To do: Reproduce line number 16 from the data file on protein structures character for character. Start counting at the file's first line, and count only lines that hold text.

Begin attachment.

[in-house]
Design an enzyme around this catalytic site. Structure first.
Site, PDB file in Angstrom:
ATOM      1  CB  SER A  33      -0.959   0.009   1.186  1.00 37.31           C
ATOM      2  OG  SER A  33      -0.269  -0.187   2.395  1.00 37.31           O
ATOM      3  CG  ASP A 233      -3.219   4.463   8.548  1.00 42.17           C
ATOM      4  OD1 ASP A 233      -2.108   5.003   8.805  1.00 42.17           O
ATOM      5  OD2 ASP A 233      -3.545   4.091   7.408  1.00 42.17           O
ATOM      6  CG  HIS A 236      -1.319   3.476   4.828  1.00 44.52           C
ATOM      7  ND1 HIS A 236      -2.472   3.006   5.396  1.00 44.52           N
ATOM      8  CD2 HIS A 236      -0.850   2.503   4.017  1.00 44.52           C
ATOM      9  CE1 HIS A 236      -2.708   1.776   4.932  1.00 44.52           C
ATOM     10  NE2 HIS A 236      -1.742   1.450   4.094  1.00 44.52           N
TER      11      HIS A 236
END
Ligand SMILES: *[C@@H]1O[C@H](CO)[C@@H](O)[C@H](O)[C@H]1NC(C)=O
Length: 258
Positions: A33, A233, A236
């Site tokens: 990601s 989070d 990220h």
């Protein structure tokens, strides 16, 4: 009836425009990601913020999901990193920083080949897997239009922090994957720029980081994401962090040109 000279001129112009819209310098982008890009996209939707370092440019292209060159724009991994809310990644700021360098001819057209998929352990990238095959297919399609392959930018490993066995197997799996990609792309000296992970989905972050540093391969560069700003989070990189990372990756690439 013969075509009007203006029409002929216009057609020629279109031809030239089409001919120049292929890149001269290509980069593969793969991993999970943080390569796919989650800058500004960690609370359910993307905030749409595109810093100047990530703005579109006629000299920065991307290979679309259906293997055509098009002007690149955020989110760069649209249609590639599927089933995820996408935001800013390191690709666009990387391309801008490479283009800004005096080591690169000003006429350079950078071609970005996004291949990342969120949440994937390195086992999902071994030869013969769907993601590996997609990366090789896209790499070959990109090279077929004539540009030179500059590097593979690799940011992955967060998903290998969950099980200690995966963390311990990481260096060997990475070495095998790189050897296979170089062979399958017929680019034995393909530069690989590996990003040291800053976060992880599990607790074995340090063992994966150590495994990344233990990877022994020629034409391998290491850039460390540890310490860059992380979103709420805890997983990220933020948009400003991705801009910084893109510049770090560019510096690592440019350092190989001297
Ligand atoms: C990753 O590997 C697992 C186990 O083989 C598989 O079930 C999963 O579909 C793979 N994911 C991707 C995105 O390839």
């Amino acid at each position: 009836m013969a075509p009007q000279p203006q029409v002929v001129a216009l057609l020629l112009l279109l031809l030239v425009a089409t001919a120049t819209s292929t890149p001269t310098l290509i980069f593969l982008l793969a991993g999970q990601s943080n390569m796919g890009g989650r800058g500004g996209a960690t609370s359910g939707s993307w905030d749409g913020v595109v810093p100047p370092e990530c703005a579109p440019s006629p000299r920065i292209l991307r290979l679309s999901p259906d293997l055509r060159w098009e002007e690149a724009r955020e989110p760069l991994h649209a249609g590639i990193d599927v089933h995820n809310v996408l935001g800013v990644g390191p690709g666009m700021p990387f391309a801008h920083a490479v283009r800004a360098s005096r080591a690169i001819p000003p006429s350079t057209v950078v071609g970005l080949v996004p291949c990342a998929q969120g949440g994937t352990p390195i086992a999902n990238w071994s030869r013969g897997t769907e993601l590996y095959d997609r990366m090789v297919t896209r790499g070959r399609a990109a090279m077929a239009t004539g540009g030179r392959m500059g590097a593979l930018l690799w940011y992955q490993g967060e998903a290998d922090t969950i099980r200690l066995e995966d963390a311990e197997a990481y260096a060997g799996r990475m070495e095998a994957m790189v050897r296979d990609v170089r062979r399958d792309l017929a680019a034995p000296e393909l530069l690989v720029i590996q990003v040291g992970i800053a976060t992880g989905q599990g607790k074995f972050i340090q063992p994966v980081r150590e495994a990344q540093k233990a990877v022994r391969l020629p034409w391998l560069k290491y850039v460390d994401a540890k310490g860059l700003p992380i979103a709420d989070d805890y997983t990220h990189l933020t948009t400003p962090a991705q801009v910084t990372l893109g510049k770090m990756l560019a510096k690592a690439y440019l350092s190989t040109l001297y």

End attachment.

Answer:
Ligand SMILES: *[C@@H]1O[C@H](CO)[C@@H](O)[C@H](O)[C@H]1NC(C)=O